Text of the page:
The KGW-TV tower was a prominent victim of the Northwest's historic, and violent Columbus Day Storm on October 12, 1962.[citation needed] The station returned to the air on October 16 using a temporary tower, as well as an antenna on loan from KTNT-TV (now KSTW) of Tacoma, Washington. A new antenna and tower were placed into service on January 28, 1963.

KGW's main studios

In January 1964, KGW began building a new broadcast center at 1501 SW Jefferson Street,[8] which has served as its headquarters and main studios location ever since. The station moved into the new facility, from an old building located two blocks to the east, in 1965, the radio facilities in the spring[9] and the television facilities in July 1965.[10] Located at the west edge of downtown Portland, the two-story building had approximately 54,000 sq ft (5,000 m2) of space.[10]

In 1992, King Broadcasting (which also included KING-TV in Seattle, KREM-TV in Spokane, Washington, KTVB in Boise, Idaho and KHNL in Honolulu, Hawaii) merged with The Providence Journal Company. Only five years later, in 1997, KGW became part of the Belo Corporation when it bought The Providence Journal Company.

KGW's logo used from September 1999 to January 21, 2008.
KGW's logo used from January 22, 2008 to July 21, 2014.

KGW aired a Portland Trail Blazers game in high-definition on October 24, 2007. On October 12, 2011, KGW announced that unless a new contract agreement could be reached that it would drop the station from DirecTV's channel lineup.[11] This contract dispute that involved DirecTV and Belo would also remove sister station KING-TV from DirecTV in the Seattle market.[12] On November 1, 2011, DirecTV reached an agreement with Belo[11] to resume carrying KGW and KING on DirecTV.[12]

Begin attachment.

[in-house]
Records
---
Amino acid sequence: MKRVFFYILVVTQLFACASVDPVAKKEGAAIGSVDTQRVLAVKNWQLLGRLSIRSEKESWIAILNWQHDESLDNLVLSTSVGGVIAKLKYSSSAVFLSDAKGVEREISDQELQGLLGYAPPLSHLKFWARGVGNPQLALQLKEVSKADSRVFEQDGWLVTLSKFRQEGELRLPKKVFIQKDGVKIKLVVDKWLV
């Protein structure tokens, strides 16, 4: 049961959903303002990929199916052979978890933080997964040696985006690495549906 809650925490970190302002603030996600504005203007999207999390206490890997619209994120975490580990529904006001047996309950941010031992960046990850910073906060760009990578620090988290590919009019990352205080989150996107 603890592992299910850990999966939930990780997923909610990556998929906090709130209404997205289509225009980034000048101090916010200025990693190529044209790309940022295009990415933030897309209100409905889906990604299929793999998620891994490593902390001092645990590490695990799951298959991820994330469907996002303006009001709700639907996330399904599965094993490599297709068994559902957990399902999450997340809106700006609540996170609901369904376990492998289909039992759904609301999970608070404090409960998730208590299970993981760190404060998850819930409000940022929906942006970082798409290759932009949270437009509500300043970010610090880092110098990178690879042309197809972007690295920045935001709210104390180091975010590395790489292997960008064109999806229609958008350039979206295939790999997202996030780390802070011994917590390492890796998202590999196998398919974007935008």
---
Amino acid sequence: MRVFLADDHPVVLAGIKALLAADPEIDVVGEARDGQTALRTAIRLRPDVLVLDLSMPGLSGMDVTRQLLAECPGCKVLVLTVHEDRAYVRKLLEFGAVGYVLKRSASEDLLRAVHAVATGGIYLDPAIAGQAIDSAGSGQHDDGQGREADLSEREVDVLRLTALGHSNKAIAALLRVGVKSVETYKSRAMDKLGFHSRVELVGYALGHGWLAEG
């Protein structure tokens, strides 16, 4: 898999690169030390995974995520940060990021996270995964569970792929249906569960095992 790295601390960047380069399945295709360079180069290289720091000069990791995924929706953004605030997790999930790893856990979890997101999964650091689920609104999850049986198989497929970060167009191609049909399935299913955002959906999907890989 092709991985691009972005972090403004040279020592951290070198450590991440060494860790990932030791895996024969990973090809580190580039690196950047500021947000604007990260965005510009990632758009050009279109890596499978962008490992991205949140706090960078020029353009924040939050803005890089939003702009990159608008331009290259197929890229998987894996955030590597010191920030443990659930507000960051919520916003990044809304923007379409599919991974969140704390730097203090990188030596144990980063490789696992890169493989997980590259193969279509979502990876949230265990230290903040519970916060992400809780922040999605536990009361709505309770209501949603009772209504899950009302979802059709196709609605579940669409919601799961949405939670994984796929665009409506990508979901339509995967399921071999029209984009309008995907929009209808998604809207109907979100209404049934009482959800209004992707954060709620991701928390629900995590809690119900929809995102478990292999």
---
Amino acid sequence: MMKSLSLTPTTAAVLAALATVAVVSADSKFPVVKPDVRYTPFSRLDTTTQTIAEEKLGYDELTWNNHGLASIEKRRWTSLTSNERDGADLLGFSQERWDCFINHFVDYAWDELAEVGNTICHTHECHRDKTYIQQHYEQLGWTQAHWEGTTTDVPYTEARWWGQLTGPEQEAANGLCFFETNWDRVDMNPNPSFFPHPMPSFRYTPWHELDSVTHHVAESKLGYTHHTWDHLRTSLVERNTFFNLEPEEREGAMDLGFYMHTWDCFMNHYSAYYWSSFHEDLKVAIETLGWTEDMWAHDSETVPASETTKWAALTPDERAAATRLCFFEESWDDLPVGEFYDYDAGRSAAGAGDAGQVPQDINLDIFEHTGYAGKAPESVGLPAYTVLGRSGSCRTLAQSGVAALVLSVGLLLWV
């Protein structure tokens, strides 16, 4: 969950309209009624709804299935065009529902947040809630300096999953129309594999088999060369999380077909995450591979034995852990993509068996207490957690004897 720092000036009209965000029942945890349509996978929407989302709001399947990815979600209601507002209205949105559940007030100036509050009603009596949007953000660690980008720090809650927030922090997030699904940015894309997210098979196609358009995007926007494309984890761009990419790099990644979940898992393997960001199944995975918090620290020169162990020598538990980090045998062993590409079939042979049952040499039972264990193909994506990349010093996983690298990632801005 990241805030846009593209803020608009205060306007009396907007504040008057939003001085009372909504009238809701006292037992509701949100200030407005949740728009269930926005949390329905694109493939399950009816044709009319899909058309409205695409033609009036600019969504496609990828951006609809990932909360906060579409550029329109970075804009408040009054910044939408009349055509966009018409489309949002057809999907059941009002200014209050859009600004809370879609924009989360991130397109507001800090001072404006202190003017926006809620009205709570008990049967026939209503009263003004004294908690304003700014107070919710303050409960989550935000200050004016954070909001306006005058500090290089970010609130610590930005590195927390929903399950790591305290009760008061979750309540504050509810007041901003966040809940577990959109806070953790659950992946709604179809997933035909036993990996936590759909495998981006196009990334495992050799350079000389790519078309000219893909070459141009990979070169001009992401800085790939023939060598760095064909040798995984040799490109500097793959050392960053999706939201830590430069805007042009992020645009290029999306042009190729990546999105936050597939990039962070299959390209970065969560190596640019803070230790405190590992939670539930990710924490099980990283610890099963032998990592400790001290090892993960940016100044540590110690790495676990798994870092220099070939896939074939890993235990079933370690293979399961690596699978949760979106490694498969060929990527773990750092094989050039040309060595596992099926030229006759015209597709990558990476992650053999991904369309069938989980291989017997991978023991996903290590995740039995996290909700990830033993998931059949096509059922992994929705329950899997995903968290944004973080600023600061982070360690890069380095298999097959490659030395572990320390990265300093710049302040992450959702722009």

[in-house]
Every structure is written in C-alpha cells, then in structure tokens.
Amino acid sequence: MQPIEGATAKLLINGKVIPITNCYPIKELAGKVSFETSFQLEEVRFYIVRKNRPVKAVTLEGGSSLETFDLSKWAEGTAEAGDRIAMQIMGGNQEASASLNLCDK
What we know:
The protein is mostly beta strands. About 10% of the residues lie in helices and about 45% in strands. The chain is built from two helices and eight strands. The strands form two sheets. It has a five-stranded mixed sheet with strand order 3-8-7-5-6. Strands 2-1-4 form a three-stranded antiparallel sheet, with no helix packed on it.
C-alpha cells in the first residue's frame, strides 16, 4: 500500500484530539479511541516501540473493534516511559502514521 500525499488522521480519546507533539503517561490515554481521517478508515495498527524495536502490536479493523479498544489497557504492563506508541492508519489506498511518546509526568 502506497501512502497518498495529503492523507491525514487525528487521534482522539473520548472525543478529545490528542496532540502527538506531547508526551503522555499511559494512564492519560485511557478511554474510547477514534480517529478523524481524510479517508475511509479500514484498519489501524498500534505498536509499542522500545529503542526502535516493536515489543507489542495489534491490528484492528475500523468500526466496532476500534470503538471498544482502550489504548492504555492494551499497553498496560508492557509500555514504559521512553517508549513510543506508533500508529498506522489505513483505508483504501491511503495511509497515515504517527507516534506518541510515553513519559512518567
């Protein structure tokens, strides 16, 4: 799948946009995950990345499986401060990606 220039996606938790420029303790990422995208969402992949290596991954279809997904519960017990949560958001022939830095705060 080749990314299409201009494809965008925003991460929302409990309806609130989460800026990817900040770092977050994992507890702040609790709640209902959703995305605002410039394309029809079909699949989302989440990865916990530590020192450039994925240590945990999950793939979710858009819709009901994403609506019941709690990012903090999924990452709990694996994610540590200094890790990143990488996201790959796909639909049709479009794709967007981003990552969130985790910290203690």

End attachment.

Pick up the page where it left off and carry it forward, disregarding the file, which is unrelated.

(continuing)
On June 13, 2013, the Gannett Company announced that it would acquire Belo. However, since Gannett owns the Statesman Journal newspaper in Salem—within KGW's viewing area—KGW was instead sold to Sander Media, LLC (owned by former Belo executive Jack Sander), with Gannett operating KGW through joint sales and shared services agreements in order to comply with the FCC's cross-ownership restrictions.[13][14] The sale was completed on December 23.[15]

On June 29, 2015, Gannett's publishing and digital media operations were spun off, with the latter renamed Tegna.[16] Shortly afterward, Sander Media filed with the FCC to transfer KGW's license to Tegna's King Broadcasting Company;[17] the acquisition was completed on December 3, 2015.[18]

Digital televisionEdit

Digital channelsEdit

The station's digital signal is multiplexed:

Channel Video Aspect PSIP Short Name Programming[19]
8.1 1080i 16:9 KGW Main KGW-TV programming / NBC
8.2 480i Crime True Crime Network
8.3 Quest Quest
8.4 Twist Twist
49.2 Escape ATSC 1.0 simulcast of KPDX-DT2 / Court TV Mystery
49.4 Grit ATSC 1.0 simulcast of KPDX-DT4 / Grit